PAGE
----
Source of the scourge

Unsterilised syringes used in Africa in the 1950s may be at the root of AIDS

 
Published: Saturday 04 July 2015

AIDS has infected 50 million p (Credit: WHO)DID modern medicine inadvertently give birth to one of the deadliest diseases of the 20th century? This is the question that is currently haunting medical circles . It is triggered by a hypothesis that points to a chilling linkage between large-scale use of penicillin injections and the origin and spread of AIDS.

The bombshell was dropped in an article titled 'The Injection Century', in the December 8, 2001, issue of The Lancet. Its principal author, E M Drucker, PhD, of Montefiore Medical Center's Department of Epidemiology and Social Medicine in the US, traces the spread of AIDS to unsterilised hypodermic needles used in Africa in 1950s. Drucker and his team explain in the research how a relatively harmless monkey virus called Simian Immunodeficiency Virus (SIV) could have mutated into the deadly AIDS virus as a result of the repeated use of unsterilised hypodermic needles among 23 million Africans to whom penicillin was administered during the 1950s. The fallout from this could be the current spread of AIDS.

"It would be a cruel irony if the introduction of antibiotics into Africa should be associated with the origin of the HIV pandemic," say Drucker and co-authors P G Alcabes, PhD, of Hunter College School of Health Sciences, and P A Marx, PhD, of the Aaron Diamond AIDS Research Center at The Rockefeller University. The researchers say that while hunting and slaughtering monkeys, the African hunters were infected by the relatively harmless SIV. But this did not cause HIV. The monkey virus later transformed into AIDS because of a process called 'serial passage'.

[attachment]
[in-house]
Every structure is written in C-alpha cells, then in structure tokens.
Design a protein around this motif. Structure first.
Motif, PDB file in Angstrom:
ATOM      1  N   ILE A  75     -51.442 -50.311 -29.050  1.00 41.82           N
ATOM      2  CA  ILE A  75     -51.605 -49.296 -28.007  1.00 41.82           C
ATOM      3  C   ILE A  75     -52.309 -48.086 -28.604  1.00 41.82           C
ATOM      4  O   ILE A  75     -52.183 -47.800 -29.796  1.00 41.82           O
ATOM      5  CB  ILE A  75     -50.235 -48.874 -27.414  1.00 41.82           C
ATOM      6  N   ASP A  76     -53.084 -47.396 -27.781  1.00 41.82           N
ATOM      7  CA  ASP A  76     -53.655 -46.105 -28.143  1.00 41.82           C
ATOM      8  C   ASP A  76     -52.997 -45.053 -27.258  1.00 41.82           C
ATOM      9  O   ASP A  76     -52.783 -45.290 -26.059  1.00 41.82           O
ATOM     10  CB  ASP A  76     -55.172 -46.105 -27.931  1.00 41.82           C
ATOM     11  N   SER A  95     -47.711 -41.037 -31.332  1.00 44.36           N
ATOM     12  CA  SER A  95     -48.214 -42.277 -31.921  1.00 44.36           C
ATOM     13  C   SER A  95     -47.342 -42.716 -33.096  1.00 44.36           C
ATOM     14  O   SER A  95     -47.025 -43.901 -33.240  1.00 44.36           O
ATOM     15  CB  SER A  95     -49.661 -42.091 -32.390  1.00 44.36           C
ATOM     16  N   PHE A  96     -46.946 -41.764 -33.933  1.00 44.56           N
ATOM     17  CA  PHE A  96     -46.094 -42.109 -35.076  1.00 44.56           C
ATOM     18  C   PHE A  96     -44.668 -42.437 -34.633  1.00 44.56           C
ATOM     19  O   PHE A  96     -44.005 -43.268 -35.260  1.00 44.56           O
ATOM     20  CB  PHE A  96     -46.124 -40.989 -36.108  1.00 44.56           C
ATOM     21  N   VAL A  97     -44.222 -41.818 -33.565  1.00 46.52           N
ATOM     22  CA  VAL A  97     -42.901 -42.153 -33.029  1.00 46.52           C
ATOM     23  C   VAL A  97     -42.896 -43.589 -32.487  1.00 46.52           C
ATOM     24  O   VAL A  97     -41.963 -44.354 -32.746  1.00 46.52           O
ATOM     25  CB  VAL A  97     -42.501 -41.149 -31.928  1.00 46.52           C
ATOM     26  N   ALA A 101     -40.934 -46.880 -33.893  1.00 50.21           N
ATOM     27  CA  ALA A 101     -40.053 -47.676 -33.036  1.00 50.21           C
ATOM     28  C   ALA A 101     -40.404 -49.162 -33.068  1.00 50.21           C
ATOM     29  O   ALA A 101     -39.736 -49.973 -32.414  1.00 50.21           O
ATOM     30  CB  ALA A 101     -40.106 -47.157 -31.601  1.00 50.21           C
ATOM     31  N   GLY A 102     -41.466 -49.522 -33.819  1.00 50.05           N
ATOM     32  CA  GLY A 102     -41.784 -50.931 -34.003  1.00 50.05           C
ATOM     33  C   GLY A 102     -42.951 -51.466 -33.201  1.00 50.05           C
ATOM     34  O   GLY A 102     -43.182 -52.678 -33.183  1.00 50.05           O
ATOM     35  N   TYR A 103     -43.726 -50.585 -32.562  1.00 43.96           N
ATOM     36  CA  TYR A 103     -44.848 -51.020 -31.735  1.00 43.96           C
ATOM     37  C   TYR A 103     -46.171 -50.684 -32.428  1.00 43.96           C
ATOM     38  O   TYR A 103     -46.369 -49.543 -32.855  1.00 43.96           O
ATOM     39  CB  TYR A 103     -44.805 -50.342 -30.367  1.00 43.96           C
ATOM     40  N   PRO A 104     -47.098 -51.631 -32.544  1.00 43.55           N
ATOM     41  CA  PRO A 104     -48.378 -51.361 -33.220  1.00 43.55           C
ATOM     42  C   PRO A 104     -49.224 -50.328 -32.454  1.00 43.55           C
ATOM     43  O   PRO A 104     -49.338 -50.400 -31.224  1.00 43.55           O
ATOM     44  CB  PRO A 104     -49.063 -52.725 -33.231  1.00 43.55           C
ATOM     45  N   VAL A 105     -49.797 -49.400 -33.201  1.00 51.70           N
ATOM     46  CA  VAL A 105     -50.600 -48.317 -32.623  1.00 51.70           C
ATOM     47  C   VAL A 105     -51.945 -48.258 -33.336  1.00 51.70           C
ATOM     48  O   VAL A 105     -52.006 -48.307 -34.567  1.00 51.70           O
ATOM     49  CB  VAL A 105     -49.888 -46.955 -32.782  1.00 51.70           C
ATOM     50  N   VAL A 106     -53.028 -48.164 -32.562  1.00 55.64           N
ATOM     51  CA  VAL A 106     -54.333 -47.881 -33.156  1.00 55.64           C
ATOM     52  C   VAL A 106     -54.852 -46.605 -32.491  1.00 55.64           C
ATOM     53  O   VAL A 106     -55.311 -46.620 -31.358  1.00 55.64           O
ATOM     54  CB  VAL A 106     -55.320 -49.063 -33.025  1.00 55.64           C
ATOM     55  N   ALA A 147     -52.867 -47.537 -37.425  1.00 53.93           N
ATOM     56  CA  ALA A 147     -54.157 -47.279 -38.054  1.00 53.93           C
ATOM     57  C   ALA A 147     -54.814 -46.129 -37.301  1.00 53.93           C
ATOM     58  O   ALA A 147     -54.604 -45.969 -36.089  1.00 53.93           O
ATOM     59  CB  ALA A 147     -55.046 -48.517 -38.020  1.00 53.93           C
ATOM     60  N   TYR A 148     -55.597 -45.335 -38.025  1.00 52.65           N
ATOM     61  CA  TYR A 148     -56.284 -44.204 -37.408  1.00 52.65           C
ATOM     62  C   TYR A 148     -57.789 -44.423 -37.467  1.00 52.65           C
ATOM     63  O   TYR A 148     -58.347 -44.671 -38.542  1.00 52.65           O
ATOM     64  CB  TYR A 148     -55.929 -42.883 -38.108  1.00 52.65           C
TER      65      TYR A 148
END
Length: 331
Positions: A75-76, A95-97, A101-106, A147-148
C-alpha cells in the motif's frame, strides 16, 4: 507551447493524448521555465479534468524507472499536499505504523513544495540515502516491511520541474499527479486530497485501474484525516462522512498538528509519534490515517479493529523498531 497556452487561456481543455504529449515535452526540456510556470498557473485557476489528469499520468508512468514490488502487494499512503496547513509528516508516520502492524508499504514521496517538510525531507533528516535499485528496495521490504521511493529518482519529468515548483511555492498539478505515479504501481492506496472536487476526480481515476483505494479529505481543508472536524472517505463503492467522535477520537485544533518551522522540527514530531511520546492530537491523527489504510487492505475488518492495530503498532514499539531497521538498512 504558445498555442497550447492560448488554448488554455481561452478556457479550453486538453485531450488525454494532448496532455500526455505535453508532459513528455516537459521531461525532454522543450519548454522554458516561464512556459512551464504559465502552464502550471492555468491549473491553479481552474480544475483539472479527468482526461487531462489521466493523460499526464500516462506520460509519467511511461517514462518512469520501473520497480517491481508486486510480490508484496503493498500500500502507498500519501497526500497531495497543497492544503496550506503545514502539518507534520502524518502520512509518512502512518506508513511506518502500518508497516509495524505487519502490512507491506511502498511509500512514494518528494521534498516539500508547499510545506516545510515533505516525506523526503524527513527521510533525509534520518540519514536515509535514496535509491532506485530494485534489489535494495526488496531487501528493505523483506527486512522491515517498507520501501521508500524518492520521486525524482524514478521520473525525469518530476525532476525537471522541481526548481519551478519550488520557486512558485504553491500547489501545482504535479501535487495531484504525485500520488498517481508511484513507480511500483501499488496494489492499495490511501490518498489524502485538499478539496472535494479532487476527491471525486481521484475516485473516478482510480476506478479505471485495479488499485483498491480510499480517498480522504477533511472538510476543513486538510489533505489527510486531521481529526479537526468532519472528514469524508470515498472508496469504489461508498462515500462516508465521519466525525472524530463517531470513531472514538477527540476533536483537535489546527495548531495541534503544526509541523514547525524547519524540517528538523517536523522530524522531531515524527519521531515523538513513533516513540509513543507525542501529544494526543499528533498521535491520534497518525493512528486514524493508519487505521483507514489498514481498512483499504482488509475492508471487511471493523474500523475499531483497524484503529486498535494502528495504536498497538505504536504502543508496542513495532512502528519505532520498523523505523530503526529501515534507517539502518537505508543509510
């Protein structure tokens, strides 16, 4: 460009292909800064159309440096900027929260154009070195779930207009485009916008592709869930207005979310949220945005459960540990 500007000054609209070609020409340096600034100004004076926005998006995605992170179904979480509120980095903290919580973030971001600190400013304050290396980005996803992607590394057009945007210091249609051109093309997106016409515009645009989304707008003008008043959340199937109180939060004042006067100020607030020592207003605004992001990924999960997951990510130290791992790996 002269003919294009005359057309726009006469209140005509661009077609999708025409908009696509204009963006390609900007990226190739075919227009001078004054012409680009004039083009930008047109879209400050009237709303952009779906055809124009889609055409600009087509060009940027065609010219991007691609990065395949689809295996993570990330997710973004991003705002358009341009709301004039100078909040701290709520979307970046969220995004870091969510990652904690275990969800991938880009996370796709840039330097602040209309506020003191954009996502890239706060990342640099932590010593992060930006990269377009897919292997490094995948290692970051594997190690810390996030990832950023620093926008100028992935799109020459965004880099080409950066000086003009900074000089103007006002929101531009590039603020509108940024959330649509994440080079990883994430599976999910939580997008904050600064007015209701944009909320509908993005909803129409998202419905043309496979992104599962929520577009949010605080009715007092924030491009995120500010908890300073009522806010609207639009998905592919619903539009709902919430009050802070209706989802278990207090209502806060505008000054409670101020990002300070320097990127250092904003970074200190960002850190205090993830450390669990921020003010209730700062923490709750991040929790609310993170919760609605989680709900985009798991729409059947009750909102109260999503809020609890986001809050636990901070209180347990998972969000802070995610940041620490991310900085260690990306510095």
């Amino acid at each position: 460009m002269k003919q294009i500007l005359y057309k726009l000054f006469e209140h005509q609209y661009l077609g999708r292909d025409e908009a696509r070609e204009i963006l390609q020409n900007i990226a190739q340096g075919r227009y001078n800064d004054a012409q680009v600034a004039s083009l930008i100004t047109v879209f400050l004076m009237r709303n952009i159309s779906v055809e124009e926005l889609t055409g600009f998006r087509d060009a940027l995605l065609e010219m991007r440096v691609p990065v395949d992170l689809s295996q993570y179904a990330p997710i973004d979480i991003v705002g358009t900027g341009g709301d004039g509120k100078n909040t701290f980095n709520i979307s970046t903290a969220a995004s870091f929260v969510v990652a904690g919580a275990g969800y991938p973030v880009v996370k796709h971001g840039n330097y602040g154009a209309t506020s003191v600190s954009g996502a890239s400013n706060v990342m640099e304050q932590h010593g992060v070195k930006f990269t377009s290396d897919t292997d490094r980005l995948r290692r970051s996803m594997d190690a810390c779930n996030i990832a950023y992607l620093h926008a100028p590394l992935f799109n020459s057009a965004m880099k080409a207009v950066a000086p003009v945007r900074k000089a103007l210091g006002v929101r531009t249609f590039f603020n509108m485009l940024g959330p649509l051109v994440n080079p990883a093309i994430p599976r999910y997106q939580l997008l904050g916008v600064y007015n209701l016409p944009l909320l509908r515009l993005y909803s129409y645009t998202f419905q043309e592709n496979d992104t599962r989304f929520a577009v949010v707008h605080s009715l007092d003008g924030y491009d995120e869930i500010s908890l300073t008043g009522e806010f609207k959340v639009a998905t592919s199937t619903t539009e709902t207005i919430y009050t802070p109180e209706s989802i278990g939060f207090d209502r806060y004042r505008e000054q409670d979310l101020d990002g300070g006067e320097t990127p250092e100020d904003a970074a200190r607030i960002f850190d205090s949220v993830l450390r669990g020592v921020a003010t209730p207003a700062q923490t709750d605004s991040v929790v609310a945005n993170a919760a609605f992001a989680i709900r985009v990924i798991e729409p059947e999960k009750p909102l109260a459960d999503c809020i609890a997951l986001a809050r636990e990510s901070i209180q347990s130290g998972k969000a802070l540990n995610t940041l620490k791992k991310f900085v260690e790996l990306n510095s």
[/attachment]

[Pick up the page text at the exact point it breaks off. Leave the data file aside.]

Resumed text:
How did this process occur? According to the researchers, in the 1950s, a UN-sponsored mass campaign to combat yaws (a contagious bacterial disease of tropical countries) and other diseases was launched. During the drive, unsterilised syringes and needles were used extensively. The researchers hypothesise that 'serial passage' occurs when patient A - infected with a simian virus through a splash of monkey blood in an open cut - receives an injection. When the same needle, carrying patient A's contaminated blood, is reused, the virus is transmitted to patient B. The authors explain how the virus adapts to its host's immune system through mutations. It is not only the injections of illicit drugs but also drugs authorised to be used in medical practice which are causing spread of AIDS and Hepatitis C virus, say the researchers in their findings. They outline that despite the growing incidence of AIDS, the World Health Organisation still recommends re-use of syringes up to 200 times in vaccination programmes relying on sterilisation routines which are not adhered to.

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